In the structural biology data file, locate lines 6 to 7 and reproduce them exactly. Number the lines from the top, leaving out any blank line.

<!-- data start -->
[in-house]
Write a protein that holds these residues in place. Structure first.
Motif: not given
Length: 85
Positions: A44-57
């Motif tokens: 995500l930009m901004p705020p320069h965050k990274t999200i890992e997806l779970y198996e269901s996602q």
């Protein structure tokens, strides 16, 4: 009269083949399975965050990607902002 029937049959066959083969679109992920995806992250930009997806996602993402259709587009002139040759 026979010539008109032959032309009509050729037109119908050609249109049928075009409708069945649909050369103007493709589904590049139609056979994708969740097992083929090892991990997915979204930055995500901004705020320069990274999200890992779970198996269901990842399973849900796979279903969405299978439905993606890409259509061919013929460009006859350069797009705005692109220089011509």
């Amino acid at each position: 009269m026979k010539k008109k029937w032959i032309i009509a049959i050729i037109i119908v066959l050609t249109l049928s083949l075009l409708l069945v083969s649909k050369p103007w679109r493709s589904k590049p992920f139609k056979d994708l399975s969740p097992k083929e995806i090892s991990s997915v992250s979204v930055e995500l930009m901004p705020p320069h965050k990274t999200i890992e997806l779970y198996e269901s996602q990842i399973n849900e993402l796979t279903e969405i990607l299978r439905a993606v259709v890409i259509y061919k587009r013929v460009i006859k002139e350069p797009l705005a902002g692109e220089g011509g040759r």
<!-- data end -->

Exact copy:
């Motif tokens: 995500l930009m901004p705020p320069h965050k990274t999200i890992e997806l779970y198996e269901s996602q």
């Protein structure tokens, strides 16, 4: 009269083949399975965050990607902002 029937049959066959083969679109992920995806992250930009997806996602993402259709587009002139040759 026979010539008109032959032309009509050729037109119908050609249109049928075009409708069945649909050369103007493709589904590049139609056979994708969740097992083929090892991990997915979204930055995500901004705020320069990274999200890992779970198996269901990842399973849900796979279903969405299978439905993606890409259509061919013929460009006859350069797009705005692109220089011509």